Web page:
While the explosion of both online educational resources and digital content creation tools has opened up a new world of possibilities for classroom teachers, few instructors have the time to do the exploration and collation necessary to truly take advantage of all the Internet has to offer. In this hands-on course, each student will be given the opportunity to assume the role of digital content developer for an actual university course: working closely with an instructor to define and research course content, learning how to evaluate digital tools for presenting material across devices and platforms, and choosing the best options -- be they aggregators, e-book creators, online portfolios, or other web tools -- to produce, collate, and deliver the content required by the professor. The materials produced will subsequently be used in actual Fairfield University courses. This course is open only to students enrolled in the Educational Technology program.
MD 0541 21st Century Literacies in the Classroom3 Credits
The term "literacy" used to be associated with the ability to read and write. How we interact with our environment is evolving as technology evolves. This has resulted in an expansion of the definition of literacy. Literacy now includes several facets: Information, Media, and Information and Communication Technologies (ICT). It is important for students to understand the 21st century literacies and be able to use them as a guide in the global community that helped create the need for them. This course explores the concept of 21st century literacy and how these skills can be both taught to students and integrated into our teaching to support student learning.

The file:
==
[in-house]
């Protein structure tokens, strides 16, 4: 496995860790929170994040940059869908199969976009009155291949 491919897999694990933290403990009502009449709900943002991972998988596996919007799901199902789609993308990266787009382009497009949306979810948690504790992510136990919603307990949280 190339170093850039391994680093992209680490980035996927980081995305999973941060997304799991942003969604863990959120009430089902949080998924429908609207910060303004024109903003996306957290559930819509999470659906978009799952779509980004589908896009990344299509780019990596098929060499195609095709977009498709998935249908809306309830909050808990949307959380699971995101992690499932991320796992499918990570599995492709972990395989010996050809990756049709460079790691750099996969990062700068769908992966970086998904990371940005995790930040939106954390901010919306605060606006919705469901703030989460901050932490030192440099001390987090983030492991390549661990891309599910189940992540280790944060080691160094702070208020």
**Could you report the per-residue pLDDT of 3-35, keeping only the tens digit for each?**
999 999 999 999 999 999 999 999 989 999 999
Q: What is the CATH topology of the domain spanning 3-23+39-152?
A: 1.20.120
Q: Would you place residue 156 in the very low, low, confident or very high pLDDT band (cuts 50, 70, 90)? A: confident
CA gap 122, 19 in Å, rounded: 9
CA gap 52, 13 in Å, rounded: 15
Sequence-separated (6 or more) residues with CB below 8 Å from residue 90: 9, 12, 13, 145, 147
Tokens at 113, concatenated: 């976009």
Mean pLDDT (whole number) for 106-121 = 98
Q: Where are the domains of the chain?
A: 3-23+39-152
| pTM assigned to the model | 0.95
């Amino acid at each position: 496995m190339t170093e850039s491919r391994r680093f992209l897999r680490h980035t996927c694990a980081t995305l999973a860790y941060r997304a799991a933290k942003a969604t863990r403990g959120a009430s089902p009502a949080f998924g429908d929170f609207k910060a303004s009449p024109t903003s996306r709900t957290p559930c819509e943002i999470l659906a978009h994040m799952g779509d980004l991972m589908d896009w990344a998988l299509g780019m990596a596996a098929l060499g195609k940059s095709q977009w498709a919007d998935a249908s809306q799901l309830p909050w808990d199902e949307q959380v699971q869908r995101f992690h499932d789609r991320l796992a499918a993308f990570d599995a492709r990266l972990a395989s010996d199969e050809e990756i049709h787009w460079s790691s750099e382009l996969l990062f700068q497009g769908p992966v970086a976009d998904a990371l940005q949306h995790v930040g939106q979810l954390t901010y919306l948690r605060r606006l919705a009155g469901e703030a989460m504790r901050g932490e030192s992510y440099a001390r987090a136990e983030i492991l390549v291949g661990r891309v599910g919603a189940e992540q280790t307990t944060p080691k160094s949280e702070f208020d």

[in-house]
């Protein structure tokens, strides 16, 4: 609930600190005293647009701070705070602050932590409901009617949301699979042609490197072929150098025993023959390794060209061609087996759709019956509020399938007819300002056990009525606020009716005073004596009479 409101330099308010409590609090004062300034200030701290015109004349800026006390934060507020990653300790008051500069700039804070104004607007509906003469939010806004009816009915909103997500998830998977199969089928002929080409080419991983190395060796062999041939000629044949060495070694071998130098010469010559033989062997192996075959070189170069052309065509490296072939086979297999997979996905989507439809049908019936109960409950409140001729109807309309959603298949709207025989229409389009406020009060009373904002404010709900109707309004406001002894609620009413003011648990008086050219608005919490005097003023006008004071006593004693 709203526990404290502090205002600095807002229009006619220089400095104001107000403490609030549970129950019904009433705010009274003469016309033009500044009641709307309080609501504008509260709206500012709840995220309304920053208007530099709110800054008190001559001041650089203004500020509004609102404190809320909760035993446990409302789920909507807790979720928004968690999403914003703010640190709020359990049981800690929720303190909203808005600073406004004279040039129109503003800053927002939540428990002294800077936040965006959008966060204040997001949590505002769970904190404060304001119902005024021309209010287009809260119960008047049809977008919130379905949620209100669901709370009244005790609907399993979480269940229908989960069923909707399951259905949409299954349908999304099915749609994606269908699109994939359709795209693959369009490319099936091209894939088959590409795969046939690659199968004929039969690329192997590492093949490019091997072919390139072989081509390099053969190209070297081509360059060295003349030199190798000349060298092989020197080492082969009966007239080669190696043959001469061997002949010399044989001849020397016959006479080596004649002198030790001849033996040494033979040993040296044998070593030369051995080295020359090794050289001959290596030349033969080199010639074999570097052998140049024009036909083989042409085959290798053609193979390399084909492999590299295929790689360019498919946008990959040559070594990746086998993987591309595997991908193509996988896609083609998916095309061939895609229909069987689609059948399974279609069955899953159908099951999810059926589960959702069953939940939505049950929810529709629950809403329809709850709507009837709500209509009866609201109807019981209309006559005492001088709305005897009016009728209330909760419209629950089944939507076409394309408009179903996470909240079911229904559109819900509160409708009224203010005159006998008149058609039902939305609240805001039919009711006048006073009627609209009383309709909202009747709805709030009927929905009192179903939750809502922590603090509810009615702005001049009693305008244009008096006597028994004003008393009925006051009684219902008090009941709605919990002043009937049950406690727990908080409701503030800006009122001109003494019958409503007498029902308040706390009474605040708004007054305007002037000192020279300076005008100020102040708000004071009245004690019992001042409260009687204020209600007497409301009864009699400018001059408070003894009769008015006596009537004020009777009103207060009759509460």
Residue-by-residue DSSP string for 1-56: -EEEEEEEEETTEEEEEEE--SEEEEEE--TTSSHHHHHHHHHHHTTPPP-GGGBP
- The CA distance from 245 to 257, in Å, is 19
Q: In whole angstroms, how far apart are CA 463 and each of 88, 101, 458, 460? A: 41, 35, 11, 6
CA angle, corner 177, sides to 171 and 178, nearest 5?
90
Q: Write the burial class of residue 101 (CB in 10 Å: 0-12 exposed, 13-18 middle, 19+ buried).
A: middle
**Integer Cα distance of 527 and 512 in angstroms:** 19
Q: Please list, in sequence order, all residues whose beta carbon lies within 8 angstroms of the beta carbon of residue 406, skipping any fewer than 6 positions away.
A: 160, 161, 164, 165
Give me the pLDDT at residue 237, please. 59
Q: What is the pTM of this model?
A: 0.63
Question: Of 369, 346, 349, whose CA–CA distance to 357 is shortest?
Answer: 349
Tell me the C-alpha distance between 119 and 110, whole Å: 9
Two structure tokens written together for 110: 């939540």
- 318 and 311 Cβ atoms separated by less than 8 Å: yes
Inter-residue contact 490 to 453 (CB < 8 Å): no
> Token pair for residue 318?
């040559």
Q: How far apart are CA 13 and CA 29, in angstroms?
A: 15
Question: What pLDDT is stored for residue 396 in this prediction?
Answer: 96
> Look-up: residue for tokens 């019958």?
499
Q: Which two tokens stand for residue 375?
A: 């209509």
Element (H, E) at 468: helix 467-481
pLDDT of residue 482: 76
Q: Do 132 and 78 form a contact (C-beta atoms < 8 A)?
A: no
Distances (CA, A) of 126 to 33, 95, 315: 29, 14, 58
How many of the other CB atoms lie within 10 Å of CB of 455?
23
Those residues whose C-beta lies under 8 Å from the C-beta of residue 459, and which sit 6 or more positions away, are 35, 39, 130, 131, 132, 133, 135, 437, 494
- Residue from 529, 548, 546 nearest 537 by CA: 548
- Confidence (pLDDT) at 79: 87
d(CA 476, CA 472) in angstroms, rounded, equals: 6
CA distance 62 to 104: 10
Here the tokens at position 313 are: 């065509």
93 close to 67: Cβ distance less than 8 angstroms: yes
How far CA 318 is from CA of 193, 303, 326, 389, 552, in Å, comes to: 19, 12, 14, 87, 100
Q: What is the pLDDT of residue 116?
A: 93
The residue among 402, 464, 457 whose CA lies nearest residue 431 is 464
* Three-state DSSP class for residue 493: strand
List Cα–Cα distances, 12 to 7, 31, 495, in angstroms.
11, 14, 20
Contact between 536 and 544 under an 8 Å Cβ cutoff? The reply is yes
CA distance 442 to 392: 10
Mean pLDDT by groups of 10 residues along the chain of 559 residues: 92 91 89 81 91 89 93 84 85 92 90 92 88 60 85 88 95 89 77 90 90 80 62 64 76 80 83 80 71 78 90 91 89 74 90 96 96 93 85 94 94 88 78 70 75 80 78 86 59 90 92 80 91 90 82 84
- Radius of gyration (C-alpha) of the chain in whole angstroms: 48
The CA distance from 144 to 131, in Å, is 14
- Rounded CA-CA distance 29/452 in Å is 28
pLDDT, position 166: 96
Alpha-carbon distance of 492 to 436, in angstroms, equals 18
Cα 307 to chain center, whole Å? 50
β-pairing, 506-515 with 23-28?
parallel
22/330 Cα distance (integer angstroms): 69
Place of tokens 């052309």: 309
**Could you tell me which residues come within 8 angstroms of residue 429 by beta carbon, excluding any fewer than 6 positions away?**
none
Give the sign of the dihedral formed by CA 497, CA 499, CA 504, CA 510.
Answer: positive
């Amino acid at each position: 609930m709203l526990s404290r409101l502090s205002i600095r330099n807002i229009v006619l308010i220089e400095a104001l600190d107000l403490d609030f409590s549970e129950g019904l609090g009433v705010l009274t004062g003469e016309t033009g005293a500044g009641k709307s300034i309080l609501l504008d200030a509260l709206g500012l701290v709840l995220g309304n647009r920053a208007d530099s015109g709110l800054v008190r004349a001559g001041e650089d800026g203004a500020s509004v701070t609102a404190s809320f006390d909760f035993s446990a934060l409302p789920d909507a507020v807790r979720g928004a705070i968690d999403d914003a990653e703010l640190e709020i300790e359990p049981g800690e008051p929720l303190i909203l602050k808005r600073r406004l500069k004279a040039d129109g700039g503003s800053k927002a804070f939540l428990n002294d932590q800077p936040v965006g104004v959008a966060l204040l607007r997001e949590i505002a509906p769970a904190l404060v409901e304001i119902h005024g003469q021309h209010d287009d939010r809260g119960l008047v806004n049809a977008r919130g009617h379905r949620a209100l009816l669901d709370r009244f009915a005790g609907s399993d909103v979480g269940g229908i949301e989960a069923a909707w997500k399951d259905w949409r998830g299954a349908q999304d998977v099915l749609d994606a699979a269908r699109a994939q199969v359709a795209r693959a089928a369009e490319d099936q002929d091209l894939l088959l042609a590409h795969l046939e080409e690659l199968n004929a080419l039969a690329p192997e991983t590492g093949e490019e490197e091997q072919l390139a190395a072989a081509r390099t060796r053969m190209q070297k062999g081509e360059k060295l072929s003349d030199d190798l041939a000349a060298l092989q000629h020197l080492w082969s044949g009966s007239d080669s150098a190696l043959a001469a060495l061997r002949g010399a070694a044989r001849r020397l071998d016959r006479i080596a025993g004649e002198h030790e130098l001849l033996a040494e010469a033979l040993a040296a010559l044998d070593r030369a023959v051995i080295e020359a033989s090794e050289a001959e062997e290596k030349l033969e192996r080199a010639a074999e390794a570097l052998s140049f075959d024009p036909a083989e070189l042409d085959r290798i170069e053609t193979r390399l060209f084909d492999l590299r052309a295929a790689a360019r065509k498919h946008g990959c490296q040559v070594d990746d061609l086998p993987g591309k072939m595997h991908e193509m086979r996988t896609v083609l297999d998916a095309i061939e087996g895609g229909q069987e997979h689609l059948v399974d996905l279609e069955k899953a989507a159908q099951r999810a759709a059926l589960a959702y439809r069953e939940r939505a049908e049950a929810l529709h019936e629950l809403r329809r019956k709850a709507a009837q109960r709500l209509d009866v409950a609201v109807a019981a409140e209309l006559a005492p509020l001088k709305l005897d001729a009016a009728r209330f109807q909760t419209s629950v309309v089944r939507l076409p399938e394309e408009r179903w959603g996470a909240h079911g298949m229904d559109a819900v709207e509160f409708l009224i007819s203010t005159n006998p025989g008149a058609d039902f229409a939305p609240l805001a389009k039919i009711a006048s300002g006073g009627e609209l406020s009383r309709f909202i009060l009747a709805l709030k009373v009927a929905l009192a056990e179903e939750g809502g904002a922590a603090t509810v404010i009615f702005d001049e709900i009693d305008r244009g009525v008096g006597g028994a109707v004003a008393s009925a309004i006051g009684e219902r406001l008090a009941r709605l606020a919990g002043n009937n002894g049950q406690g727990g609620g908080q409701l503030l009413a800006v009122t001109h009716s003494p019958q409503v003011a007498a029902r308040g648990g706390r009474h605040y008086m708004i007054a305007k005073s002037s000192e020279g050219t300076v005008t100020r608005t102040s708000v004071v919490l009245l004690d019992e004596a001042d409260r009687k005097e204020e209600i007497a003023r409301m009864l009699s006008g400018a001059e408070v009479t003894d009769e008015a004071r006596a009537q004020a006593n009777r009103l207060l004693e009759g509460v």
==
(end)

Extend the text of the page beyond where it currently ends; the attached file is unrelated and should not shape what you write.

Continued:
MD 0545 Designing and Developing Training Programs3 Credits
Designed for prospective training specialists, personnel generalists, school media specialists or line personnel in business and industry, this course focuses on designing and developing training programs for administrative professionals, management employees, and school personnel. Course assignments provide individualization and tailoring of course content to candidate needs and working environments. Crosslisted with PY 0545.
MD 0546 Integrating the Arts and Technology in K-12 Teaching and Learning3 Credits
The value of the visual and performing arts in supporting essential critical thinking is well documented in recent research. Arts education is closely linked to every goal of school reform, academic achievement, social and emotional development, civic engagement, and equitable opportunity. Candidates will examine integration of the arts in content areas, and the robust opportunities in both formal and informal learning environments offered by technology applications and digital resources.
MD 0554 Understanding Media Literacy through Popular Culture and Mediated Environments3 Credits